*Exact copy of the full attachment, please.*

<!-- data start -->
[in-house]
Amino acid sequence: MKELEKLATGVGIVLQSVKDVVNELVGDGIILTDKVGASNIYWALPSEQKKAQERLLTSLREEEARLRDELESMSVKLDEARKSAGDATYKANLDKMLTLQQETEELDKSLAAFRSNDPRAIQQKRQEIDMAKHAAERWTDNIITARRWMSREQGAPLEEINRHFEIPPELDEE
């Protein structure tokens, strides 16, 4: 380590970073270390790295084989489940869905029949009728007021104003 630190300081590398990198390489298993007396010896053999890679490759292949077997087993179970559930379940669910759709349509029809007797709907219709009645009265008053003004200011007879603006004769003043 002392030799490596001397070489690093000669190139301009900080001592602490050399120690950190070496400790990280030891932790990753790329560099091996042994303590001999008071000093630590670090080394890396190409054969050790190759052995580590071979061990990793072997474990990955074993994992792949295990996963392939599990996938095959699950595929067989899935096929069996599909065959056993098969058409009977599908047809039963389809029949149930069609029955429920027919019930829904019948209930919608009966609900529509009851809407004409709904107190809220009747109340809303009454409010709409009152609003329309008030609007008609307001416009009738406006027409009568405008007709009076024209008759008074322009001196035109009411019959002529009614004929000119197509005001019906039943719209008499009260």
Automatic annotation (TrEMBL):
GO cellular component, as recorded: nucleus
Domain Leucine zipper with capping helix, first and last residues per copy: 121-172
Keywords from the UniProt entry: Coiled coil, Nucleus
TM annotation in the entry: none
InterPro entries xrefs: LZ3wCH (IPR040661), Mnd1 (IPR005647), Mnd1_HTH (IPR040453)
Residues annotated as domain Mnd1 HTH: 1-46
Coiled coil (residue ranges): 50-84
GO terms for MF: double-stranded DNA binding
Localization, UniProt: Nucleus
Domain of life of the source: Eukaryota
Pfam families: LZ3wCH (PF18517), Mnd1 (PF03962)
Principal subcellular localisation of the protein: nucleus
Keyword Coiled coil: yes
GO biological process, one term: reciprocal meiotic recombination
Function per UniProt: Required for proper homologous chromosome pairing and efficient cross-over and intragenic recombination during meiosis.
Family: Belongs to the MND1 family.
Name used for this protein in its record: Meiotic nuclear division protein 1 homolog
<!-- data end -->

[in-house]
Amino acid sequence: MKELEKLATGVGIVLQSVKDVVNELVGDGIILTDKVGASNIYWALPSEQKKAQERLLTSLREEEARLRDELESMSVKLDEARKSAGDATYKANLDKMLTLQQETEELDKSLAAFRSNDPRAIQQKRQEIDMAKHAAERWTDNIITARRWMSREQGAPLEEINRHFEIPPELDEE
């Protein structure tokens, strides 16, 4: 380590970073270390790295084989489940869905029949009728007021104003 630190300081590398990198390489298993007396010896053999890679490759292949077997087993179970559930379940669910759709349509029809007797709907219709009645009265008053003004200011007879603006004769003043 002392030799490596001397070489690093000669190139301009900080001592602490050399120690950190070496400790990280030891932790990753790329560099091996042994303590001999008071000093630590670090080394890396190409054969050790190759052995580590071979061990990793072997474990990955074993994992792949295990996963392939599990996938095959699950595929067989899935096929069996599909065959056993098969058409009977599908047809039963389809029949149930069609029955429920027919019930829904019948209930919608009966609900529509009851809407004409709904107190809220009747109340809303009454409010709409009152609003329309008030609007008609307001416009009738406006027409009568405008007709009076024209008759008074322009001196035109009411019959002529009614004929000119197509005001019906039943719209008499009260």
Automatic annotation (TrEMBL):
GO cellular component, as recorded: nucleus
Domain Leucine zipper with capping helix, first and last residues per copy: 121-172
Keywords from the UniProt entry: Coiled coil, Nucleus
TM annotation in the entry: none
InterPro entries xrefs: LZ3wCH (IPR040661), Mnd1 (IPR005647), Mnd1_HTH (IPR040453)
Residues annotated as domain Mnd1 HTH: 1-46
Coiled coil (residue ranges): 50-84
GO terms for MF: double-stranded DNA binding
Localization, UniProt: Nucleus
Domain of life of the source: Eukaryota
Pfam families: LZ3wCH (PF18517), Mnd1 (PF03962)
Principal subcellular localisation of the protein: nucleus
Keyword Coiled coil: yes
GO biological process, one term: reciprocal meiotic recombination
Function per UniProt: Required for proper homologous chromosome pairing and efficient cross-over and intragenic recombination during meiosis.
Family: Belongs to the MND1 family.
Name used for this protein in its record: Meiotic nuclear division protein 1 homolog